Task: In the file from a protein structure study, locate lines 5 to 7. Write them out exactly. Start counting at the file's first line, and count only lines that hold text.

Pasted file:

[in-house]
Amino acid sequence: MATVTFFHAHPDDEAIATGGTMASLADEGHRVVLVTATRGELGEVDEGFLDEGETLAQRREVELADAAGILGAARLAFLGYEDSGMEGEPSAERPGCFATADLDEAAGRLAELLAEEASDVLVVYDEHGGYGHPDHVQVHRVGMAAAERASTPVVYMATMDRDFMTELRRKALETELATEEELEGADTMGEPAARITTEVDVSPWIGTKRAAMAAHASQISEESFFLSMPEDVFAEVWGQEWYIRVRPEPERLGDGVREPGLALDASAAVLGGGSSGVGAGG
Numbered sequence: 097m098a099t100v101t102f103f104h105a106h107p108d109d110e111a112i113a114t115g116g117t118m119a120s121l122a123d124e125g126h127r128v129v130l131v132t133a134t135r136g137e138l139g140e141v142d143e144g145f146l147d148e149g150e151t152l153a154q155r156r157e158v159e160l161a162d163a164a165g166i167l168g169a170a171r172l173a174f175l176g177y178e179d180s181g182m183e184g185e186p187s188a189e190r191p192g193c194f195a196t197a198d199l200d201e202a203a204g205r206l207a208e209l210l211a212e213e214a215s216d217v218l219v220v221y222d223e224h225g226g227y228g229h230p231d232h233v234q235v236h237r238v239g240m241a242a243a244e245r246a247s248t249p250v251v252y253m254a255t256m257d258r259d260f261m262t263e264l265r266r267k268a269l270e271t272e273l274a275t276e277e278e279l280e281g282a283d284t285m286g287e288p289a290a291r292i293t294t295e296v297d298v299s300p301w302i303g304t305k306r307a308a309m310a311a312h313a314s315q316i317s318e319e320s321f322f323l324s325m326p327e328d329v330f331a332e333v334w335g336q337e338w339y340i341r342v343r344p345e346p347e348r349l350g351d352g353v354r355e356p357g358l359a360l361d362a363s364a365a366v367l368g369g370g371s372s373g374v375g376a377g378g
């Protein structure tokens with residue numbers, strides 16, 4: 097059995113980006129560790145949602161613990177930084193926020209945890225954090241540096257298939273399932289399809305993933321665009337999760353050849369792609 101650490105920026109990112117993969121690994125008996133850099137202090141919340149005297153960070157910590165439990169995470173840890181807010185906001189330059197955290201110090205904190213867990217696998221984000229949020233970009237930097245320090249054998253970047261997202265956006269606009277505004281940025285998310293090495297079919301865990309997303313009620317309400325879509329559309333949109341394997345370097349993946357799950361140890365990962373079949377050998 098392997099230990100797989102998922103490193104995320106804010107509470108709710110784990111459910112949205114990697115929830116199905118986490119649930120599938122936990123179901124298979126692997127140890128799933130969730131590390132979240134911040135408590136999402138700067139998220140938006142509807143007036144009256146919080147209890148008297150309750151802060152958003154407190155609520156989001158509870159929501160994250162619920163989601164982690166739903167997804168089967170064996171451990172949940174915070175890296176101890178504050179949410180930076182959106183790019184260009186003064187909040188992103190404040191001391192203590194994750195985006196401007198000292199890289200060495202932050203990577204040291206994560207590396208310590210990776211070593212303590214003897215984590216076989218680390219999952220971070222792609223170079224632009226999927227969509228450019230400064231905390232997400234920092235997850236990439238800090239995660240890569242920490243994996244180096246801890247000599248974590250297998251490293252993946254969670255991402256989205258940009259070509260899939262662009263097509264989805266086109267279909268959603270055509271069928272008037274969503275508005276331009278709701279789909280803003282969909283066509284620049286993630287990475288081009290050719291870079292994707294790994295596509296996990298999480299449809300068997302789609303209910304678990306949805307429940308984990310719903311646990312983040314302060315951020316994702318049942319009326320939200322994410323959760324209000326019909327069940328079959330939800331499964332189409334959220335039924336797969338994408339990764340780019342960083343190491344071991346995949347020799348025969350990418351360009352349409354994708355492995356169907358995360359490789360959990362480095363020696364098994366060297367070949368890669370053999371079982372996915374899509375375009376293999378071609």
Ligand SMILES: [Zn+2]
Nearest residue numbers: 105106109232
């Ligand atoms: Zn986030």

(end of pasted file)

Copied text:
Ligand SMILES: [Zn+2]
Nearest residue numbers: 105106109232
């Ligand atoms: Zn986030």